This week’s Torah portion, Vayeshev (Genesis 37:1-40:23) begins the section known as the “Joseph Trilogy” – a section that gets our ancestors down to Egypt to begin the process of becoming a nation as we enter into the Exodus experience. This portion tells us that in their anger, the brothers through Joseph into a pit: “They took him and cast him into the pit. The pit was empty; there was no water in it.” (37:24)
There is a classic rabbinic tale about dealing with adversity. A farmer and his family lived in a small, crowded house, with children always underfoot. The farmer was deeply unhappy, so he went to the rabbi for advice. The rabbi told him to bring some chickens, then some goats, then finally a cow into the house. The farmer found it intolerable and went back to the rabbi. The rabbi then said to remove the cow, the goats, and the chickens. Then the farmer then thanked the rabbi. “There is so much more room now.”
The story, for obvious reasons, is called, “It Could Always Be Worse.” It rang true with me this week. As some of you heard, we were without heat and hot water during and following Thanksgiving. But it could always be worse. We are able to use friends’ homes for hot showers and we borrowed and obtained space heaters. It was challenging, but we did have electricity, water and gas – so we could cook, boil water for sponge baths, and hook up the heaters. Yes, it was challenging, but it could have been worse.
Joseph, the favored son of Jacob, is the main character of this portion. I wonder if Joseph felt that it could always be worse. Here is a man filled with charisma, who succeeds wherever he goes, including the court of Pharaoh. Yet twice in this portion he finds himself in trouble. First his brothers cast him into a pit. The Torah teaches that the pit was empty, there was no water. Rashi, the medieval commentator, states that there was no water, but there were snakes and scorpions. Joseph is pulled from the pit by a passing caravan but sold as a slave in Egypt. At the end of the portion, he is thrown into prison, falsely accused of sexual harassment. Although Joseph proves himself as a talented interpreter of dreams, but at the end of the portion he is forlorn and forgotten.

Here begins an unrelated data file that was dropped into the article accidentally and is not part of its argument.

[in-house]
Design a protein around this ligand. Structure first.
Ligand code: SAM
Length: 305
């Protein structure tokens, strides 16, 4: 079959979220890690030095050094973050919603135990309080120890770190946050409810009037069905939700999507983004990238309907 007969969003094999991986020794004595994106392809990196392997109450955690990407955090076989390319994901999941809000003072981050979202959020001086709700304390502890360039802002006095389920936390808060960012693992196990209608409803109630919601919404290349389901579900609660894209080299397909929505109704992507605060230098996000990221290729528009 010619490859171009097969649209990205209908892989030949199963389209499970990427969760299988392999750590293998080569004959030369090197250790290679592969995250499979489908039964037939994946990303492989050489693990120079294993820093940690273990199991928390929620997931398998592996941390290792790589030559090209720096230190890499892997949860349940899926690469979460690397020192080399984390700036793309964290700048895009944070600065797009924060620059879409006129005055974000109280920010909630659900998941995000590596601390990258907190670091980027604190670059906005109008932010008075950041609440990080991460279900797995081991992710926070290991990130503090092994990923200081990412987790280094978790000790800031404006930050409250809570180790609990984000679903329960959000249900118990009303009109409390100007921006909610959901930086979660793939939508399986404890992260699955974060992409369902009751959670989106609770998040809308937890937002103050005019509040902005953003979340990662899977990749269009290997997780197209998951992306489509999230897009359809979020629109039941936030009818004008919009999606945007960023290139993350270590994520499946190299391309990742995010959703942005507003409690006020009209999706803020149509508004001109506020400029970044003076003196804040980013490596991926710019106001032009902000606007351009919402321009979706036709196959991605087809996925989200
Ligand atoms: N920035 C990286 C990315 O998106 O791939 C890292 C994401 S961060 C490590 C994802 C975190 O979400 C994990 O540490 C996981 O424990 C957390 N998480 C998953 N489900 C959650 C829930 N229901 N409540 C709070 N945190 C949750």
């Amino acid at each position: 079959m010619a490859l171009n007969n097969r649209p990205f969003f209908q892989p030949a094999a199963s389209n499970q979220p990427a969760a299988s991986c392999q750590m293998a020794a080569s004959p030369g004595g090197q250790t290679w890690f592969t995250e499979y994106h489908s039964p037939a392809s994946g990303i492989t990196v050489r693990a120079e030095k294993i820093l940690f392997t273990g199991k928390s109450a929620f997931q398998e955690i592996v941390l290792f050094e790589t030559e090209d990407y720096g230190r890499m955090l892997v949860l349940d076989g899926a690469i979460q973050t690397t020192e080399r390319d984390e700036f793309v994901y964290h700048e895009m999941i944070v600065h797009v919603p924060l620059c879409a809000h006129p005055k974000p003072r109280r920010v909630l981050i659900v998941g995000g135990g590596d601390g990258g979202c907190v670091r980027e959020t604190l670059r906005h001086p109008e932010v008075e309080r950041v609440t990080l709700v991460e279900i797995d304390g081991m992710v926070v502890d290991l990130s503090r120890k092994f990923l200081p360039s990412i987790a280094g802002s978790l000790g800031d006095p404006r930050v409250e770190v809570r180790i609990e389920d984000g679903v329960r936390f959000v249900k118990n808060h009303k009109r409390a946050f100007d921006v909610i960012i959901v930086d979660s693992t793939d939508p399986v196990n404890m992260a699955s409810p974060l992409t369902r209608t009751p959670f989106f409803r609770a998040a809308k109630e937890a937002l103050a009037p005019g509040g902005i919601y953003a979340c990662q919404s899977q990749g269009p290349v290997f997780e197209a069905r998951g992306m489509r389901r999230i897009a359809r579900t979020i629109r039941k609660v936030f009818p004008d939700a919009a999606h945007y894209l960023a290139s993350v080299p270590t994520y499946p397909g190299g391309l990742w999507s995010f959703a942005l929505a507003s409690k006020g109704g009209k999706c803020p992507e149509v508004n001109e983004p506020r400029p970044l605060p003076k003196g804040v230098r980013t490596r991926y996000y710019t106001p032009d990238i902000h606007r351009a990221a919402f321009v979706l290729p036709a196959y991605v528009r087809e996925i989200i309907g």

I wonder if Joseph knew during these difficult times that the pit and the prison were not his destiny. He was a dreamer after all. By next week’s potion he will become the second most powerful man in Egypt. Perhaps by thinking positive thoughts, he brought positive results upon himself.
Three and a half weeks ago, many of us were blessed to celebrate Thanksgiving. It was the perfect time to give gratitude for the blessings we have rather than dwelling on what we lack. I know broken water heaters can be fixed. It could always be worse. Long ago a wise rabbi named Ben Zoma taught, “Who is rich? Whoever is satisfied with one’s lot” (Mishnah Pirkei Avot 4:1). It is a valuable lesson as we enter the weekend of the Joseph story. And of course this is the theme of Hanukkah where one day’s worth of oil gave off light for eight days, and which begins on Sunday night. Remember, we are a people of hope!
SHABBAT SHALOM & HAPPY HANUKKAH